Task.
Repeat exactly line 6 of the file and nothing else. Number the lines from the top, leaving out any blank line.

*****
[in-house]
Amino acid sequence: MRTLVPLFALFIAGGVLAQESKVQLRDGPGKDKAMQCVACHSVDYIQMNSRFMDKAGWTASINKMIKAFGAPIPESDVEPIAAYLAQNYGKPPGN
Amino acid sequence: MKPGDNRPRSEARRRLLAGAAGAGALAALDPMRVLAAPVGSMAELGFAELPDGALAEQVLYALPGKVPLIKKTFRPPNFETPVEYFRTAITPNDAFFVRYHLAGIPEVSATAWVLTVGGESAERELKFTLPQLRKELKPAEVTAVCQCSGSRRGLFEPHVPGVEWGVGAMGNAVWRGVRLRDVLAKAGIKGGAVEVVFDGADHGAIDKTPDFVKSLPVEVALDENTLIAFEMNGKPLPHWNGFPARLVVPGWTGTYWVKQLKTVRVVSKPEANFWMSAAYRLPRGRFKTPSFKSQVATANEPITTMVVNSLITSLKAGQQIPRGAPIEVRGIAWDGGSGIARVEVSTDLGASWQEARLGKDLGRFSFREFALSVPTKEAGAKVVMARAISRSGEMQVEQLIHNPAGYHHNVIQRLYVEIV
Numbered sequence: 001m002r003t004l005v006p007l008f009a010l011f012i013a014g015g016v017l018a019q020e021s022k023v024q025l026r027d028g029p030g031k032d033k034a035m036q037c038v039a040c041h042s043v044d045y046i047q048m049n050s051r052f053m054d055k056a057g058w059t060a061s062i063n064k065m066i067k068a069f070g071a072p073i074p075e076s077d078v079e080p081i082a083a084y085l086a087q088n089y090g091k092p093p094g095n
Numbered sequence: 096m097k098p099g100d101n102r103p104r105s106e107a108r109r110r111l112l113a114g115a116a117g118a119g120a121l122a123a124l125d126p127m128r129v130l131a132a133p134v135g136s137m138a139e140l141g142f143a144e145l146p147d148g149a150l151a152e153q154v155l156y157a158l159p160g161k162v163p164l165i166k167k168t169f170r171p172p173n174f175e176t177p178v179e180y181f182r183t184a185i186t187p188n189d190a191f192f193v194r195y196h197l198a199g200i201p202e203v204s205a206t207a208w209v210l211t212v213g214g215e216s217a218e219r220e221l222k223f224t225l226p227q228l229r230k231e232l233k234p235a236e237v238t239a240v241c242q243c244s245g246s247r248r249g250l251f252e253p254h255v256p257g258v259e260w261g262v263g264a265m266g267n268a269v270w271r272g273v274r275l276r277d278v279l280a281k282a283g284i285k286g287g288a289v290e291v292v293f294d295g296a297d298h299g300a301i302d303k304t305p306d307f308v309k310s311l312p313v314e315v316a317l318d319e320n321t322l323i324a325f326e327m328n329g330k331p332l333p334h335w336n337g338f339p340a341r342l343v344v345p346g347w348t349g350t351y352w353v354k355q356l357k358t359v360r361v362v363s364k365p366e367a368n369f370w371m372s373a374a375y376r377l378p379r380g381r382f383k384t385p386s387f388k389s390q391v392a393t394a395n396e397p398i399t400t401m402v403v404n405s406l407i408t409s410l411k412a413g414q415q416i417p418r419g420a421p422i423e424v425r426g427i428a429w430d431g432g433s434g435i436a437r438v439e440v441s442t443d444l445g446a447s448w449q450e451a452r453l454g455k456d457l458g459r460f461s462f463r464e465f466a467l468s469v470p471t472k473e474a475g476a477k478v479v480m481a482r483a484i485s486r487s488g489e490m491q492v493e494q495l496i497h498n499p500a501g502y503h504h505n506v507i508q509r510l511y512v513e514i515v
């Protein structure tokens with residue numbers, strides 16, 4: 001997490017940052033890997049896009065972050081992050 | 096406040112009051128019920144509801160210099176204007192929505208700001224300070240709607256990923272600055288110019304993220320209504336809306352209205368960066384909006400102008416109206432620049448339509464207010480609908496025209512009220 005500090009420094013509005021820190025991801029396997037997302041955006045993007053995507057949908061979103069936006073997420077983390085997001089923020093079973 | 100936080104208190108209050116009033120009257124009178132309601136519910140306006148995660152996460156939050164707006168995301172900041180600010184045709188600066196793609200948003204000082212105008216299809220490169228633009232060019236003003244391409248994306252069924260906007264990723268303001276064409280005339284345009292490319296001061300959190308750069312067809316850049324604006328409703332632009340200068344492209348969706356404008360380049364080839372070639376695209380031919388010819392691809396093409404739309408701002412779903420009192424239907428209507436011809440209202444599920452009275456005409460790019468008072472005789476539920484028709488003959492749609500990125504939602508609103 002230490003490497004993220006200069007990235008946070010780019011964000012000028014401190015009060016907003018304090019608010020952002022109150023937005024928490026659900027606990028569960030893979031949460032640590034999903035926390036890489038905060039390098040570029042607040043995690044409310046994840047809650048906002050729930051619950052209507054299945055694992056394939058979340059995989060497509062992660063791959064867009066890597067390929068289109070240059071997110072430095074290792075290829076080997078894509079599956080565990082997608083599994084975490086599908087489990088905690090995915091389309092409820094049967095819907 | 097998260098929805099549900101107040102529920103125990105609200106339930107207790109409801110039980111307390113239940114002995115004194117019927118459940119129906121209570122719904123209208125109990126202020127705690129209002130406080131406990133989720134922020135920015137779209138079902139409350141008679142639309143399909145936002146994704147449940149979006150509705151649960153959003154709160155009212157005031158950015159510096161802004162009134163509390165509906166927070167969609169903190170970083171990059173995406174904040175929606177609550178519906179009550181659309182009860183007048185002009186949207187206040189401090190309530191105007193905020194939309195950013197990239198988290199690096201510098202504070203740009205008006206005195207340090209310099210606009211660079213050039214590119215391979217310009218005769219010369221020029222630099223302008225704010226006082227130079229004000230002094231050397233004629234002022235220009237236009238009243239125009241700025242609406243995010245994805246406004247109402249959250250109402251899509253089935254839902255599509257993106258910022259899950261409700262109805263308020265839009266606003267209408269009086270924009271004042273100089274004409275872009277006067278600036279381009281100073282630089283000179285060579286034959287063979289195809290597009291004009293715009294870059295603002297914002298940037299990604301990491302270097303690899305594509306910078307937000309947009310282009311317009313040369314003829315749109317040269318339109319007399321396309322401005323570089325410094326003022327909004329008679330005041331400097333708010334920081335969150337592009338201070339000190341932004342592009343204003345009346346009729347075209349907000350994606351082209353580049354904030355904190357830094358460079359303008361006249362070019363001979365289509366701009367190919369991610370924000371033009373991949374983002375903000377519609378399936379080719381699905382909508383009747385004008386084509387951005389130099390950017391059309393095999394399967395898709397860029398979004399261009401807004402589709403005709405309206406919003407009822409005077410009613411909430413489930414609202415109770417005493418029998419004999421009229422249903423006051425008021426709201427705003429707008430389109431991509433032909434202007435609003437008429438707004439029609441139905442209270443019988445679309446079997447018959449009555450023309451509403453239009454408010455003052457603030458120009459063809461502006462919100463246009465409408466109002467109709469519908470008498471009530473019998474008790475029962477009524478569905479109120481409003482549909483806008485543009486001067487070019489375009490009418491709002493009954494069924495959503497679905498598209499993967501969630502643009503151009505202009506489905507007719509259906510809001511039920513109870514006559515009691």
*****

């Protein structure tokens with residue numbers, strides 16, 4: 001997490017940052033890997049896009065972050081992050 | 096406040112009051128019920144509801160210099176204007192929505208700001224300070240709607256990923272600055288110019304993220320209504336809306352209205368960066384909006400102008416109206432620049448339509464207010480609908496025209512009220 005500090009420094013509005021820190025991801029396997037997302041955006045993007053995507057949908061979103069936006073997420077983390085997001089923020093079973 | 100936080104208190108209050116009033120009257124009178132309601136519910140306006148995660152996460156939050164707006168995301172900041180600010184045709188600066196793609200948003204000082212105008216299809220490169228633009232060019236003003244391409248994306252069924260906007264990723268303001276064409280005339284345009292490319296001061300959190308750069312067809316850049324604006328409703332632009340200068344492209348969706356404008360380049364080839372070639376695209380031919388010819392691809396093409404739309408701002412779903420009192424239907428209507436011809440209202444599920452009275456005409460790019468008072472005789476539920484028709488003959492749609500990125504939602508609103 002230490003490497004993220006200069007990235008946070010780019011964000012000028014401190015009060016907003018304090019608010020952002022109150023937005024928490026659900027606990028569960030893979031949460032640590034999903035926390036890489038905060039390098040570029042607040043995690044409310046994840047809650048906002050729930051619950052209507054299945055694992056394939058979340059995989060497509062992660063791959064867009066890597067390929068289109070240059071997110072430095074290792075290829076080997078894509079599956080565990082997608083599994084975490086599908087489990088905690090995915091389309092409820094049967095819907 | 097998260098929805099549900101107040102529920103125990105609200106339930107207790109409801110039980111307390113239940114002995115004194117019927118459940119129906121209570122719904123209208125109990126202020127705690129209002130406080131406990133989720134922020135920015137779209138079902139409350141008679142639309143399909145936002146994704147449940149979006150509705151649960153959003154709160155009212157005031158950015159510096161802004162009134163509390165509906166927070167969609169903190170970083171990059173995406174904040175929606177609550178519906179009550181659309182009860183007048185002009186949207187206040189401090190309530191105007193905020194939309195950013197990239198988290199690096201510098202504070203740009205008006206005195207340090209310099210606009211660079213050039214590119215391979217310009218005769219010369221020029222630099223302008225704010226006082227130079229004000230002094231050397233004629234002022235220009237236009238009243239125009241700025242609406243995010245994805246406004247109402249959250250109402251899509253089935254839902255599509257993106258910022259899950261409700262109805263308020265839009266606003267209408269009086270924009271004042273100089274004409275872009277006067278600036279381009281100073282630089283000179285060579286034959287063979289195809290597009291004009293715009294870059295603002297914002298940037299990604301990491302270097303690899305594509306910078307937000309947009310282009311317009313040369314003829315749109317040269318339109319007399321396309322401005323570089325410094326003022327909004329008679330005041331400097333708010334920081335969150337592009338201070339000190341932004342592009343204003345009346346009729347075209349907000350994606351082209353580049354904030355904190357830094358460079359303008361006249362070019363001979365289509366701009367190919369991610370924000371033009373991949374983002375903000377519609378399936379080719381699905382909508383009747385004008386084509387951005389130099390950017391059309393095999394399967395898709397860029398979004399261009401807004402589709403005709405309206406919003407009822409005077410009613411909430413489930414609202415109770417005493418029998419004999421009229422249903423006051425008021426709201427705003429707008430389109431991509433032909434202007435609003437008429438707004439029609441139905442209270443019988445679309446079997447018959449009555450023309451509403453239009454408010455003052457603030458120009459063809461502006462919100463246009465409408466109002467109709469519908470008498471009530473019998474008790475029962477009524478569905479109120481409003482549909483806008485543009486001067487070019489375009490009418491709002493009954494069924495959503497679905498598209499993967501969630502643009503151009505202009506489905507007719509259906510809001511039920513109870514006559515009691």